I have never introduced my sister's miniature donkey, U-Turn. When we got him, he was a beat up, skinny, almost on the verge becoming lame, five year old jack. He was skiddish and broke my dad's index finger when we loaded him in the trailer (he is TERRIFIED of trailers). We got him for $100, which wasn't bad at all. It has been two months since then.
As bad as his feet were, I got them into awesome shape! No curly toes like he used to have. He has filled out, A LOT! He eats like, well, a horse . When we got him, he was missing the hair on his tail, come to find out when we gelded him, the vet said he had to do and emergency surgery to save him a year ago. He said the other jacks he was pastured with were bigger and actually BIT his tail off, at the bone! So, very short bony tail, no hair hanging from it. He had so many scars when we got him, it wasn't even funny, thank goodness all the hair grew back and he looks somewhat normal now, lol.
The story today is this..... U-Turn doesn't know how to lead. HOURS have been spent trying to teach him, but he doesn't move for us . Well, today I wished for more than anything in the world he would lead. I forgot to shut the gate, and he got out ! We looked EVERYWHERE for him, and finally seen him by our rabbit hutch out front. I grabbed a lead rope and a gallon of grain, and went for it. He would walk, but only two foot before he decide he wanted grain. Another two feet, another bite of grain. I did this for 300 feet! It took me 45 minutes to get him in his field. By the time I was done, I had less than half the grain than what I started with. I bet he has a belly ache now, but at least he is safe. I think we are going to work more on leading .
But, without further ado, here is U-Turn! The first pic is at is old home (and yes, he has a bow in his mane in some of the pics )....
I'm with MM on the leading thing; get a long lead rope around his arse and drag him. The same technique is used with foals, and since you're pulling the whole body around instead of just hauling on the head/neck, you're much less likely to cause any damage.
Keep in mind, even for small animals, unless you're a big farm girl like me, you often aren't going to get far trying to use brute strength. The "come along" rope around the butt usually gives you the leverage you need, but if he's still being stubborn, crank his head to the side instead of trying to pull straight. The idea is to MAKE his feet keep moving, and he loses all his bodily strength when you crank his nose to his hip - eventually, he HAS to move, even if it's to stagger sideways. If he refuses to move forward, just keep tipping him in a circle so he learns he HAS to move when pressure is applied.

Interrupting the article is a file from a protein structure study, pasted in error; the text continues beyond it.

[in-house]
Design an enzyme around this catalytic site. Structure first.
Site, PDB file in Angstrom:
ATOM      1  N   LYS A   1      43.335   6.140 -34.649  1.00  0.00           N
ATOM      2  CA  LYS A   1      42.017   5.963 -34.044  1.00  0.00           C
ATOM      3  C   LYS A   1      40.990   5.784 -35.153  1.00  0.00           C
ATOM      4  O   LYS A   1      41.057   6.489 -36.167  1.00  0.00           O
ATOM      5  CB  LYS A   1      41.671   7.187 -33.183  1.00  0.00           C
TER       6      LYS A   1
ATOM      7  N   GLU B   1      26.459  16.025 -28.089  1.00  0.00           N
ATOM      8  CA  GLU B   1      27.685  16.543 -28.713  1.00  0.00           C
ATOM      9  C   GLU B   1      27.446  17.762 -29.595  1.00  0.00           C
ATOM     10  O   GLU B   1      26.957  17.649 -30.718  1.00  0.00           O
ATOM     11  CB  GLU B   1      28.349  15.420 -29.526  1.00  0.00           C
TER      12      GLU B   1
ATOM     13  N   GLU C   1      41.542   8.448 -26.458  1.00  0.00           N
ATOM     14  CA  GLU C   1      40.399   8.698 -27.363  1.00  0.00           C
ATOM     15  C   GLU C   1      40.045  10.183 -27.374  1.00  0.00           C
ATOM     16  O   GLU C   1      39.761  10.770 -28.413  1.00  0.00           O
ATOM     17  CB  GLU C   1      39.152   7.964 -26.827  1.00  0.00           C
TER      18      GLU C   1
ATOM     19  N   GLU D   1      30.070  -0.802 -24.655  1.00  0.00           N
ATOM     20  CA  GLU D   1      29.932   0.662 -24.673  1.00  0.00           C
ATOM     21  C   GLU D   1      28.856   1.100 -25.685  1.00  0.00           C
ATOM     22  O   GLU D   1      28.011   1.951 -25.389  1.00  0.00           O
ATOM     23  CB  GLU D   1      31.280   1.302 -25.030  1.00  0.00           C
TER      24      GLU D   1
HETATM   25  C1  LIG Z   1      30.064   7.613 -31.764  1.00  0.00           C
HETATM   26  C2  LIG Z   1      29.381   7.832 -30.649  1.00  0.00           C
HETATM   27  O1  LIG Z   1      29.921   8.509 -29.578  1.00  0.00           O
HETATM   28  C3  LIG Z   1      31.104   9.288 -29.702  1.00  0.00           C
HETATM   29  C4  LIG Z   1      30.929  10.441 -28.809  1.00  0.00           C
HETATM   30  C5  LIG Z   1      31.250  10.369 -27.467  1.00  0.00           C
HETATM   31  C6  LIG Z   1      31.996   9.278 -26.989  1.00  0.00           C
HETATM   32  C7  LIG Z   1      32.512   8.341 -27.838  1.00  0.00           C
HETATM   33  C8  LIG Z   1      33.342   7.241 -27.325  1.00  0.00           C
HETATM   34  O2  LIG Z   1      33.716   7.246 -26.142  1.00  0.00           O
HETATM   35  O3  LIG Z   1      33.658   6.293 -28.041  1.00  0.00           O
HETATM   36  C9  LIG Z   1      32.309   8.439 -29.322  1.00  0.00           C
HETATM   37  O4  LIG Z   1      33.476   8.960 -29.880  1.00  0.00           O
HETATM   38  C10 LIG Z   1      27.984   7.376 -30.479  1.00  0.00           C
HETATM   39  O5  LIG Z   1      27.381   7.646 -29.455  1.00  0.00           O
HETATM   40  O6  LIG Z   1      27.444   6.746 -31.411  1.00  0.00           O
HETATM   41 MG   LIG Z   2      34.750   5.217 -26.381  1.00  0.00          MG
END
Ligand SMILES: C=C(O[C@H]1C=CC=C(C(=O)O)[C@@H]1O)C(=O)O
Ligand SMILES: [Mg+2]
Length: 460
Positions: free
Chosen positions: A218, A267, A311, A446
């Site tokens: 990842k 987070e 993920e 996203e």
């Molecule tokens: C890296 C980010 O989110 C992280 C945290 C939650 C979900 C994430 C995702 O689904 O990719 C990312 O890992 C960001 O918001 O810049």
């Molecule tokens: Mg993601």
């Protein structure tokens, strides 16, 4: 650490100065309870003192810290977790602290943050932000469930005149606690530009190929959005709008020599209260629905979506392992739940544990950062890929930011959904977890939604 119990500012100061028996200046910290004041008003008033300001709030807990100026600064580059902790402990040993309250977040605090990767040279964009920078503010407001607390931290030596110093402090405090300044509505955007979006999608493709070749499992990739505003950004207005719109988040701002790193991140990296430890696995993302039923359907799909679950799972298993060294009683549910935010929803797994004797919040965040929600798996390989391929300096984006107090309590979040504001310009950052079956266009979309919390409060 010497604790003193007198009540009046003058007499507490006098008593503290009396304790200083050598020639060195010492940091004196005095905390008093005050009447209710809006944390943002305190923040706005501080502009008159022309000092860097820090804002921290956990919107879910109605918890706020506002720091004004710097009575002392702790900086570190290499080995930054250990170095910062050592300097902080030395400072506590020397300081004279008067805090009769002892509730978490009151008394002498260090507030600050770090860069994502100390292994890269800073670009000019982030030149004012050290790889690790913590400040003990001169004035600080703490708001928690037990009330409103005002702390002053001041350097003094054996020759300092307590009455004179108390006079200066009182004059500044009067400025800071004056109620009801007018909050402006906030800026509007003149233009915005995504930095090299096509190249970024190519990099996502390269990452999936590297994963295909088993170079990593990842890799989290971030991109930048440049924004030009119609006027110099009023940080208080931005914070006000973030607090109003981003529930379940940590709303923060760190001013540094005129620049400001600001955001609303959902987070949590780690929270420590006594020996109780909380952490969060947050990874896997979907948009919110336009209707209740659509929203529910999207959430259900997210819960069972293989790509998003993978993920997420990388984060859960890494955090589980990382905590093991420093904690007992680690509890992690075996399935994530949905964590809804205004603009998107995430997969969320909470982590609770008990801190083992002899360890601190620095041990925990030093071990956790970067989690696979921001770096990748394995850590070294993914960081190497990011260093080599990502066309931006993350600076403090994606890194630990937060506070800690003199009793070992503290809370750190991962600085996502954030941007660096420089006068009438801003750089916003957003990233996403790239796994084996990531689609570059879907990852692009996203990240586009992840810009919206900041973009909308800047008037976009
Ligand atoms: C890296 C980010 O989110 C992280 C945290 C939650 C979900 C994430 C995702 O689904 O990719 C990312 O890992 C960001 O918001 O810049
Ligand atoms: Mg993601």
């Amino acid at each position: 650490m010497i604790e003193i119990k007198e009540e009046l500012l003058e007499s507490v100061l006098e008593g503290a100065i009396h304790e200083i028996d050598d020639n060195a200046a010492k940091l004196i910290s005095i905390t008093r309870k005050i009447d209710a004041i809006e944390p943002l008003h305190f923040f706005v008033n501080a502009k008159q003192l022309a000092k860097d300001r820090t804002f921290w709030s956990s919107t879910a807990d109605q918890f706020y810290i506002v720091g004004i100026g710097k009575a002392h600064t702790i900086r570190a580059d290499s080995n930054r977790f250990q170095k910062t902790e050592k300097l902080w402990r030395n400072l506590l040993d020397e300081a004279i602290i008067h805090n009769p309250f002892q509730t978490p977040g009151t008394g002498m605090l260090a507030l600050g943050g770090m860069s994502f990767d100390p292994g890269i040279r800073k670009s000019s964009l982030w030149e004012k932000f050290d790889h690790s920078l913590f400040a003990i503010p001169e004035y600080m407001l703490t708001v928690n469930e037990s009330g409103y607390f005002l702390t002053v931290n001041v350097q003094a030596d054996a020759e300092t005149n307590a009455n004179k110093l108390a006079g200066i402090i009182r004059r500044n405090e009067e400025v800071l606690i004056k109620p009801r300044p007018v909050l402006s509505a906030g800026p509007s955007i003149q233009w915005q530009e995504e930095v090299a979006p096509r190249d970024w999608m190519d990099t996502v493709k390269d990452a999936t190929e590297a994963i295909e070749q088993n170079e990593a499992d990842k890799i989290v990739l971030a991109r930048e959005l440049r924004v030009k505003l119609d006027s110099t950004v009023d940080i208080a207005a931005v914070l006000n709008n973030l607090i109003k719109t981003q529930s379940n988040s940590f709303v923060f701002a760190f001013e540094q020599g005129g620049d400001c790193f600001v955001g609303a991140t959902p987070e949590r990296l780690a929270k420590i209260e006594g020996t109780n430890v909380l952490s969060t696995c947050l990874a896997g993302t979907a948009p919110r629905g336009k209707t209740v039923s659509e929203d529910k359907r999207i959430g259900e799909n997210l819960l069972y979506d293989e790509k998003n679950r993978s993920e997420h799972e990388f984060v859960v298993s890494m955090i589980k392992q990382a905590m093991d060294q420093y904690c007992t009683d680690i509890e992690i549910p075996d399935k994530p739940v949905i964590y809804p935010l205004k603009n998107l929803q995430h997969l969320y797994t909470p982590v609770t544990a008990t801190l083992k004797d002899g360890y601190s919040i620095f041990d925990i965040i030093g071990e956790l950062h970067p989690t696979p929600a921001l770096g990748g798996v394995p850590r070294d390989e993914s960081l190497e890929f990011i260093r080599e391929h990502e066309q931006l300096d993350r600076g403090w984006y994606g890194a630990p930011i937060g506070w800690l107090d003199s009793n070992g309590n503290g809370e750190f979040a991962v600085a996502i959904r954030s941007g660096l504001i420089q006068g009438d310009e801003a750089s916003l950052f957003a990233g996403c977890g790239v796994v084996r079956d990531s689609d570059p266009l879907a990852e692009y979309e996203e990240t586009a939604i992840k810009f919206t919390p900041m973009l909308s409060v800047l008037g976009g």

When I'm teaching a youngster to lead who hasn't been handled much or trained, I usually end up moving more from side to side then I do forward. I will stand at their head and ask them to move forward and if they refuse, I will tip their head to the side to force a "stagger step". After each "stagger step" I will ask for forward movement. They get praised when they step forward, and more "stagger steps" when they refuse.
He's adorable! Nice job on getting him back into good shape! But PLEASE DON'T EVER feed him grain! That is way too much of a food for donkeys. See how his neck has a thick spot all the way down along the top of it, under his mane? That is a fatty deposit from eating food his system isn't designed to process, like grain, corn or sweet feed. It will NEVER go away, no matter what you do, and if it goes too far, it will break over to one side (called "cresting").
Donkeys survive quite happily and healthily (is that a word!?) on good grass hay alone (unless you're doing very strenuous work with them, like plowing all day or eventing or something).
He RARELY gets grain. He is an easy keeper on hay. He would not move a muscle unless he had the grain in his mouth, though. He would take a bite, and as soon as he was done chewing that, he would balk until he got another bite!